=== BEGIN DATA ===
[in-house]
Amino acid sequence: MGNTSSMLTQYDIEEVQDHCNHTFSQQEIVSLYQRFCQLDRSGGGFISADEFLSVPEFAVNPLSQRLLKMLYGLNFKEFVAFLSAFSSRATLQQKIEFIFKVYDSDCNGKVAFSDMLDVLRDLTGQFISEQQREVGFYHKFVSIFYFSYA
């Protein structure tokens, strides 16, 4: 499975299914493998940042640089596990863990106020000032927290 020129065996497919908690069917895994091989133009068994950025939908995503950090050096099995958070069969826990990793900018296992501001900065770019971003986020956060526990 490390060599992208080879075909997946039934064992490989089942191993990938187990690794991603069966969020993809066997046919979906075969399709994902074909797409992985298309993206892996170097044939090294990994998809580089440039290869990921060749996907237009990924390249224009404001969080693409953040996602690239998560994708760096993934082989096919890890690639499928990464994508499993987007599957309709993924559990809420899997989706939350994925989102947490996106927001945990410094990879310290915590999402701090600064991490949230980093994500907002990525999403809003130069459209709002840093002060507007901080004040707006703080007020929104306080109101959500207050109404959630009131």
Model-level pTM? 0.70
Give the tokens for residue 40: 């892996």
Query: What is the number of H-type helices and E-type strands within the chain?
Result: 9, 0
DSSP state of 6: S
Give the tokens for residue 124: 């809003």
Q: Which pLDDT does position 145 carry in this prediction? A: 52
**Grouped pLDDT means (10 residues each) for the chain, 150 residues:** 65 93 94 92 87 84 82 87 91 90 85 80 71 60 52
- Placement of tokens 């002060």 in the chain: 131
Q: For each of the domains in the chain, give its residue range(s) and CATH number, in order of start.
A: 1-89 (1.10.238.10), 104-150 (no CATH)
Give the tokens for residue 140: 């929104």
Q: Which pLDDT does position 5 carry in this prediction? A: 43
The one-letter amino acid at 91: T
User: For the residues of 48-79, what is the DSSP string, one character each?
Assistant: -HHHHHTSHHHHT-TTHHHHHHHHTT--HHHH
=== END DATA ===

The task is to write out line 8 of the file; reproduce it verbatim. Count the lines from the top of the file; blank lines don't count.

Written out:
DSSP state of 6: S